How Does a Rooftop Unit Work?

Packaged rooftop units are among the most common HVAC systems for commercial buildings in Chicago. They are cost-effective, pre-engineered, and adaptable for many applications. Learn more about how a rooftop unit works to keep your building cool in the summer and warm in the winter.

What Is a Rooftop Unit?

The term “rooftop unit” is synonymous with “packaged unit” because packaged units are most often installed on the roof. However, they can also be slab-mounted on the ground.

When all air conditioning components—including the evaporator coil, fan, compressor, and condenser—are assembled within one cabinet, it’s considered a packaged unit. This is different from split systems more commonly used in residential applications, which separate the evaporator coil and fan from the compressor and condenser. Some rooftop units also have heating capabilities.

How Does a Rooftop Unit Work?

In a typical rooftop unit, the compressor is located at one end of the cabinet and condenser coils are wrapped around or in close proximity to it. Cool, low-pressure refrigerant arrives at the compressor as a gas. It compresses into a hot, high-pressure gas as it flows into the condenser coil, where it gives off its heat. The metal fins on the coil act as a heat sync and the condenser fan blows the exhaust up and away from the building.

Warm return air travels through the ductwork into the rooftop unit, and fresh air enters as well for ventilation purposes. Air filters are positioned over the return air duct and fresh air intake to trap contaminants and prevent them from landing on the sensitive cooling equipment.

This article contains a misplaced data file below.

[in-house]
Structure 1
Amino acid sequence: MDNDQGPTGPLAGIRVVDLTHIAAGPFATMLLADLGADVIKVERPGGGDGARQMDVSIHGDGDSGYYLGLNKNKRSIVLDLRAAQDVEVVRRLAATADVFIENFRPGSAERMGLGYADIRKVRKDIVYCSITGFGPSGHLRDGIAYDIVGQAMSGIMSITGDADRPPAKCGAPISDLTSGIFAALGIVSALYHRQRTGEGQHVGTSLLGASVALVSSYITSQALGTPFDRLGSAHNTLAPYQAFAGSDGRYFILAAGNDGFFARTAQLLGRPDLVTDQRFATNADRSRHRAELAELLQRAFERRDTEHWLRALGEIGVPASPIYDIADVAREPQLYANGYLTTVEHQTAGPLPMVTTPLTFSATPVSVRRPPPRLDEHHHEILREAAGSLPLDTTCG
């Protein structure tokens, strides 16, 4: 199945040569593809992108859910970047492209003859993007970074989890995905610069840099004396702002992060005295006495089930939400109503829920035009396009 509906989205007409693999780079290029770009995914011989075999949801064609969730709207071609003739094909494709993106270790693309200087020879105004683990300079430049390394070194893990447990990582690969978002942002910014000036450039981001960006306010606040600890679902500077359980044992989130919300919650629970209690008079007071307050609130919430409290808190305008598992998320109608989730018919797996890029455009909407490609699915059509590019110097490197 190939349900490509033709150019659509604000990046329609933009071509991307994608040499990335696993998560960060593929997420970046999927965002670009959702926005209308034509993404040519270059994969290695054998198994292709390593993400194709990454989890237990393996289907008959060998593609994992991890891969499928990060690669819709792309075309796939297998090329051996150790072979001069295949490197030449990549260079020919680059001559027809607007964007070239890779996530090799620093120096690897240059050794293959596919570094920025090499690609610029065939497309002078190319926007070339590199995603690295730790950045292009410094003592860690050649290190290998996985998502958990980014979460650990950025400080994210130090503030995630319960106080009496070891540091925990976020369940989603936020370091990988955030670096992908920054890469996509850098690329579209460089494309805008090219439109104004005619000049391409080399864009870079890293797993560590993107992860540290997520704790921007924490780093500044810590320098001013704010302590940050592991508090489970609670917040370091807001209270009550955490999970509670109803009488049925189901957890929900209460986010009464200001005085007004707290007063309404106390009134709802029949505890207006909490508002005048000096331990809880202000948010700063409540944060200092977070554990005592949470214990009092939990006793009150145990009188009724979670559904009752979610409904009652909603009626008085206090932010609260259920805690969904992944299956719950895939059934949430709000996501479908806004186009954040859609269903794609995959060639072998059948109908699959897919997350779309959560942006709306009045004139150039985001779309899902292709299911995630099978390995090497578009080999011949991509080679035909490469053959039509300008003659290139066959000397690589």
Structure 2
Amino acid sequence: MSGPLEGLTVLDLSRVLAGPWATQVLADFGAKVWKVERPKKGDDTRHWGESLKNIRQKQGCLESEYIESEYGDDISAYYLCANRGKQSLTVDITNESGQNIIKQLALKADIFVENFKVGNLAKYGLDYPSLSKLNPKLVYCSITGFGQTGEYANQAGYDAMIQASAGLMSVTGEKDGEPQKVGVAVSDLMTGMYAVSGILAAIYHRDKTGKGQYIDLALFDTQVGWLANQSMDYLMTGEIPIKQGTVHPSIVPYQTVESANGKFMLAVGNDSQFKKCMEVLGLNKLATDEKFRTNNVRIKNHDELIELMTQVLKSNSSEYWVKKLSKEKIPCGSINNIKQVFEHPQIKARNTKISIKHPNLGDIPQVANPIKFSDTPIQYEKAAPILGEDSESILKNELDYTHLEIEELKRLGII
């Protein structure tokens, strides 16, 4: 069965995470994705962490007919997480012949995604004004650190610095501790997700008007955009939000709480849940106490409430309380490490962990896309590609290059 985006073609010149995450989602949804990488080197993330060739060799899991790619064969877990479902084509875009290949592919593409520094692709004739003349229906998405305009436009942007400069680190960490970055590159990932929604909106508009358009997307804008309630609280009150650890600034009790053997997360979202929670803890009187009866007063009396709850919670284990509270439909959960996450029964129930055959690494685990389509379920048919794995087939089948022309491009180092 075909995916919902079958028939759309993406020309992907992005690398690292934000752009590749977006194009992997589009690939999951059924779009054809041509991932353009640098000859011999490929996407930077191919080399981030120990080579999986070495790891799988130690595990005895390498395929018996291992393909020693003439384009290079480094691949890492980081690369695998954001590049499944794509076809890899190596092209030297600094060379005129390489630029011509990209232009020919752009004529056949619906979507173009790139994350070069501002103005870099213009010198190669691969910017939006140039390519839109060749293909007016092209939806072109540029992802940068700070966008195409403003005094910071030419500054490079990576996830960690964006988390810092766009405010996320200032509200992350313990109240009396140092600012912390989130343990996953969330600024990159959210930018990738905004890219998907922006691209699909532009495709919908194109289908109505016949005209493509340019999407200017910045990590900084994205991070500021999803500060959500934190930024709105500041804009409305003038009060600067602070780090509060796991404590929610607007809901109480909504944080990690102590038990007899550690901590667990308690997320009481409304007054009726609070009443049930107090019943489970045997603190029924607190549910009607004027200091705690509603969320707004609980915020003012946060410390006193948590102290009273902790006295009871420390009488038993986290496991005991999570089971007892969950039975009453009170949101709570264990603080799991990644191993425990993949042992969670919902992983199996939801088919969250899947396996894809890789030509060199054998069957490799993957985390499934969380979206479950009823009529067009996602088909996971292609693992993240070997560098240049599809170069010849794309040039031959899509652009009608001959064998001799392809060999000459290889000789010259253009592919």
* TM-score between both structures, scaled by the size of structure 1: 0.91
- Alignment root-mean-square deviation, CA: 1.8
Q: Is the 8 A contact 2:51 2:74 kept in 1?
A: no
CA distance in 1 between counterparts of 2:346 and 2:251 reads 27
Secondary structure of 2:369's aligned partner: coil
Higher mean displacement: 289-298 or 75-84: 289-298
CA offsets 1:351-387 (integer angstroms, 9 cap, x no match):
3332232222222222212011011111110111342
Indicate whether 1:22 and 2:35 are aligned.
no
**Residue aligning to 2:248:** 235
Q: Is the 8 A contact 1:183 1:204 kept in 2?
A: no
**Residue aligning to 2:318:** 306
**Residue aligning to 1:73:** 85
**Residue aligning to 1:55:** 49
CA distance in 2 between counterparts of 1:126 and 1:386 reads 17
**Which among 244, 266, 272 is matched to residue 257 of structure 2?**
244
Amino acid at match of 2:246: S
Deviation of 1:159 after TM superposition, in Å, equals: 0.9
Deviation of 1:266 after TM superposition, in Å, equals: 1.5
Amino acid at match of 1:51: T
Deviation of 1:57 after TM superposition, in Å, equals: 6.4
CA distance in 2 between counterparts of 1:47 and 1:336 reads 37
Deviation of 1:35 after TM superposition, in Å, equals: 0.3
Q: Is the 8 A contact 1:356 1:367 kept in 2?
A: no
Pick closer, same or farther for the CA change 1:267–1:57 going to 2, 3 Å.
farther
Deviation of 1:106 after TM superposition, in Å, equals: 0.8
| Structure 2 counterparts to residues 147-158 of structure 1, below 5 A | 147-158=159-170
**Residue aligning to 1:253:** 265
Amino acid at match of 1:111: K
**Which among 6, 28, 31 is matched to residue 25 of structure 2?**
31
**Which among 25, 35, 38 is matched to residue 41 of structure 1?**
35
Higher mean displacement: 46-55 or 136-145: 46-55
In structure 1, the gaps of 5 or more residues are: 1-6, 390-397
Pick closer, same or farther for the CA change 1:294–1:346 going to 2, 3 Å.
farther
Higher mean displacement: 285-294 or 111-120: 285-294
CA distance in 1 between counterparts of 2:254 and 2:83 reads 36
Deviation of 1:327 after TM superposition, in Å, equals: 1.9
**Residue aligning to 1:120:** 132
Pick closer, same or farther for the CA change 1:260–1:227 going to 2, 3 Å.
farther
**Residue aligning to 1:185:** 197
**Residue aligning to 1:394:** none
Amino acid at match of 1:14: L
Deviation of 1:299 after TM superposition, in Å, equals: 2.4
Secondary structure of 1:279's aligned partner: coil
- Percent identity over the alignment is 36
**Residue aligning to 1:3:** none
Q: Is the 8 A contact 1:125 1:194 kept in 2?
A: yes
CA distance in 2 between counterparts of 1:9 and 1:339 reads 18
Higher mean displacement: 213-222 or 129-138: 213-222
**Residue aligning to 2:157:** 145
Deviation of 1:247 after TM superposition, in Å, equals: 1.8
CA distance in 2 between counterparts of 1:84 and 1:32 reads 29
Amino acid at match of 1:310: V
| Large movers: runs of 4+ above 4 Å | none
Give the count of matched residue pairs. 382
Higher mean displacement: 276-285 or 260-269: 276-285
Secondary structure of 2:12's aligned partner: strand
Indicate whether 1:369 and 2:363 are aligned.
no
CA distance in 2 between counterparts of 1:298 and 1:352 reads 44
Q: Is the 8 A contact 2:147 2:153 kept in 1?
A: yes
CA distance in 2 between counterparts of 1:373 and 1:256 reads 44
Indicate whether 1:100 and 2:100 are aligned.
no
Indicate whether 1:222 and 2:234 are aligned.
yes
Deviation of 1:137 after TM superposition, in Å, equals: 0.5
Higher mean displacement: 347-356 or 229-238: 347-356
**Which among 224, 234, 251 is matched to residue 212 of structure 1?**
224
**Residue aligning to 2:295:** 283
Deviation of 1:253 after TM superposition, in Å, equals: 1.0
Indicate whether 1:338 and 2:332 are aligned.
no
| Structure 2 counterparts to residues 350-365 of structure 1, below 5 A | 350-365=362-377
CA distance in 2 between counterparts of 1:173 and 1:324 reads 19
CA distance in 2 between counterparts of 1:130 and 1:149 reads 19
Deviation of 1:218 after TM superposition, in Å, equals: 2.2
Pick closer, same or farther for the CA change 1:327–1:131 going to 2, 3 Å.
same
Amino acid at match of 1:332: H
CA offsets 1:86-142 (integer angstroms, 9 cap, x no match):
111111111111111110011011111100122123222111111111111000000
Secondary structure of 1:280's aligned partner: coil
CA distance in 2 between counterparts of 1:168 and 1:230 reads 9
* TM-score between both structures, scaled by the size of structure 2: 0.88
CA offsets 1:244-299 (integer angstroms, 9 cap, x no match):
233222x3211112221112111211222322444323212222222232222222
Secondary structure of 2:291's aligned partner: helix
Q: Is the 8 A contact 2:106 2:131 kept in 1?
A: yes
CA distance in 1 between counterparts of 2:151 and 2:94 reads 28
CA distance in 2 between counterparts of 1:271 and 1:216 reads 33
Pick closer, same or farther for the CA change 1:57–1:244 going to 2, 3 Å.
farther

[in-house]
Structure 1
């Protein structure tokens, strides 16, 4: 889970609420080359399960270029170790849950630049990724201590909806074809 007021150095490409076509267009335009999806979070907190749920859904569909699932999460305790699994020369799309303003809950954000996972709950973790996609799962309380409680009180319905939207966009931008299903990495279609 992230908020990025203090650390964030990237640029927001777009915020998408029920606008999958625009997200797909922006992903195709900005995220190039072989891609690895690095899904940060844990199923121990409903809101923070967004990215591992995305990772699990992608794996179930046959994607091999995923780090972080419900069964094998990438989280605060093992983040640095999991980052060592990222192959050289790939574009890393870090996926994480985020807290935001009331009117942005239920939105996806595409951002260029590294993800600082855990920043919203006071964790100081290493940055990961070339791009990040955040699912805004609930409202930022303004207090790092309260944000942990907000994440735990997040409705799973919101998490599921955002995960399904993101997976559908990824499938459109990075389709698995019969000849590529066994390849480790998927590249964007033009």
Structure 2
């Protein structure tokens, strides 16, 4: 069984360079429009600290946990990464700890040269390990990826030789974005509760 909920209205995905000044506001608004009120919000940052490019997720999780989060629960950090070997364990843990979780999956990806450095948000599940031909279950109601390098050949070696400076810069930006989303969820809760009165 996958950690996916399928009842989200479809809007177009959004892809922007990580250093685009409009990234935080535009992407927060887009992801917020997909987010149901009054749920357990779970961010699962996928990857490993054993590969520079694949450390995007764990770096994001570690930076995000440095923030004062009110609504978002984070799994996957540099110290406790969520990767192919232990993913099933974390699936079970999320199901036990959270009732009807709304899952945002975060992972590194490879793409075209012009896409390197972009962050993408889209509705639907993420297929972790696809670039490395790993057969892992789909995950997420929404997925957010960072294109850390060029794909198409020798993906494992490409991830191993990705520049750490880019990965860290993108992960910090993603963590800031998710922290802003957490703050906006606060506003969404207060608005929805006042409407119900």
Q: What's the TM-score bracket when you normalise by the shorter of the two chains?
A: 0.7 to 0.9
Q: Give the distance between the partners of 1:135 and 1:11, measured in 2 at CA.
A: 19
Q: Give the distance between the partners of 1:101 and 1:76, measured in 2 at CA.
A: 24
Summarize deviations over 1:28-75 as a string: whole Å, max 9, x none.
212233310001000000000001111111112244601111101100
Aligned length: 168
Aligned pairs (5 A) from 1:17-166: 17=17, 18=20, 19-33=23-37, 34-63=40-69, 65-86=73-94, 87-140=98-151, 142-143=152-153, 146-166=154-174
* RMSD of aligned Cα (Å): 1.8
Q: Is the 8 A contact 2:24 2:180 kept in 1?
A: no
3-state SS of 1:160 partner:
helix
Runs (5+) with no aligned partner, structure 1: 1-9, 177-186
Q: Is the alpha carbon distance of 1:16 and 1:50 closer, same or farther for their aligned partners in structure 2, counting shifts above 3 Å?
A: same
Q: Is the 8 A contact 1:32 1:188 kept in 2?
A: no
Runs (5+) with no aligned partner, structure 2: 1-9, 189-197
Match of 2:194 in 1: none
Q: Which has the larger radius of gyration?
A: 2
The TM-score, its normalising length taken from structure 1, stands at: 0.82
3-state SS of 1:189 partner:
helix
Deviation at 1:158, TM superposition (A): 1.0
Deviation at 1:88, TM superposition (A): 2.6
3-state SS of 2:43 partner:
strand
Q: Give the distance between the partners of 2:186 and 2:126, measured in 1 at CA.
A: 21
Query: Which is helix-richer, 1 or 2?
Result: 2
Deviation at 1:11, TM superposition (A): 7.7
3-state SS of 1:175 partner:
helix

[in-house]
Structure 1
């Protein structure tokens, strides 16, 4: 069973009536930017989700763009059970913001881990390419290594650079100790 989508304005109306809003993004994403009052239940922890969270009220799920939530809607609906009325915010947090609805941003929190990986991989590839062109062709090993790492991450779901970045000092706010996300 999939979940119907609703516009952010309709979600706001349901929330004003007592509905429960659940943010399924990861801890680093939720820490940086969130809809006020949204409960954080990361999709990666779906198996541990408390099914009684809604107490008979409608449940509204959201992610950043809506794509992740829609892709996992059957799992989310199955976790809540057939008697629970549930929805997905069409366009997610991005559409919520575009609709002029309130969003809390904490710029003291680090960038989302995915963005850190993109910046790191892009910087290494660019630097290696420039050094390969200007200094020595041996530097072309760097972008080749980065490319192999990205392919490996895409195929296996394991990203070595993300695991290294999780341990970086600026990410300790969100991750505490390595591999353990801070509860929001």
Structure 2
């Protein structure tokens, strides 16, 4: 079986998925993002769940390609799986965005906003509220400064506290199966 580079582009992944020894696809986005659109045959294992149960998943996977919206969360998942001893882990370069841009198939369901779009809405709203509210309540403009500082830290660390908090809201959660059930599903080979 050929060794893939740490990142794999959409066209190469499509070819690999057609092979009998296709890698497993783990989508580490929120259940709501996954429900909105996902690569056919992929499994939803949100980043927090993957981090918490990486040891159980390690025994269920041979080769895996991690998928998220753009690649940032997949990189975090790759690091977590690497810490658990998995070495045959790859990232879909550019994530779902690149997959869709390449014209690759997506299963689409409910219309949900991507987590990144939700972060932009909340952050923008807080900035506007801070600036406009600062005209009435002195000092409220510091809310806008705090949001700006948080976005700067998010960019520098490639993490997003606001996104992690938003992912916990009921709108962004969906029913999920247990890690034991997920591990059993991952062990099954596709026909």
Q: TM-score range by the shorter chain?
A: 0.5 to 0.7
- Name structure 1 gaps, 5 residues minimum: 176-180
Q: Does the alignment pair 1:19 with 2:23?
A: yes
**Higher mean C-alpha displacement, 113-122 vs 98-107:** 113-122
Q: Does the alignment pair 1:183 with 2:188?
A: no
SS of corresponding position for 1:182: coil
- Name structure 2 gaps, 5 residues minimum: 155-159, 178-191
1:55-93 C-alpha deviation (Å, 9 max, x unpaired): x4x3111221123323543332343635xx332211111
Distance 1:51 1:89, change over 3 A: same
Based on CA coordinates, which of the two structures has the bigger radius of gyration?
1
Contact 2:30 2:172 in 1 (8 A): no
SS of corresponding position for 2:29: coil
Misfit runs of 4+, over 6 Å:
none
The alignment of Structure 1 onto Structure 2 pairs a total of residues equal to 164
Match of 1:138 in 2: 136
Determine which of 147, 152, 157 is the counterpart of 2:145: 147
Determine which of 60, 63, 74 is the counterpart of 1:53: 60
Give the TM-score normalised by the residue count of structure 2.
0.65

Returning to the refrigerant cycle, the now-cooled liquid refrigerant passes through the evaporator coil. The pressure drops, and as the liquid evaporates, it converts back into a gas. As warm air from inside the building passes over the evaporator coil, the refrigerant extracts heat from the air, making it ice-cold when the evaporator fan blows it back into the building.

Upon leaving the evaporator coil, the refrigerant is warm, having absorbed heat from the return air. It circulates back to the compressor to give off its heat, and the cycle begins all over again. This process repeats continuously until the temperature in your building reaches the thermostat setting.

Rooftop units that also provide heating often contain a gas heat exchanger downstream from the evaporator fan. In heating mode, return air is discharged into the heater and blows over gas-fired coils. A fan then sends newly heated supply air back into the building.

Choose Murphy & Miller for Rooftop Unit Services in Chicago

Interested in installing a new HVAC system or having your existing rooftop packaged unit serviced? Murphy & Miller is the right company to ensure maximum comfort and efficient performance. We even provide custom ductwork and sheet metal fabrication services to help you make the most of your rooftop unit. If your goal is to save money, stay comfortable, and enjoy a high return on investment, contact Murphy & Miller online or give us a call at 1-312-427-8900 today!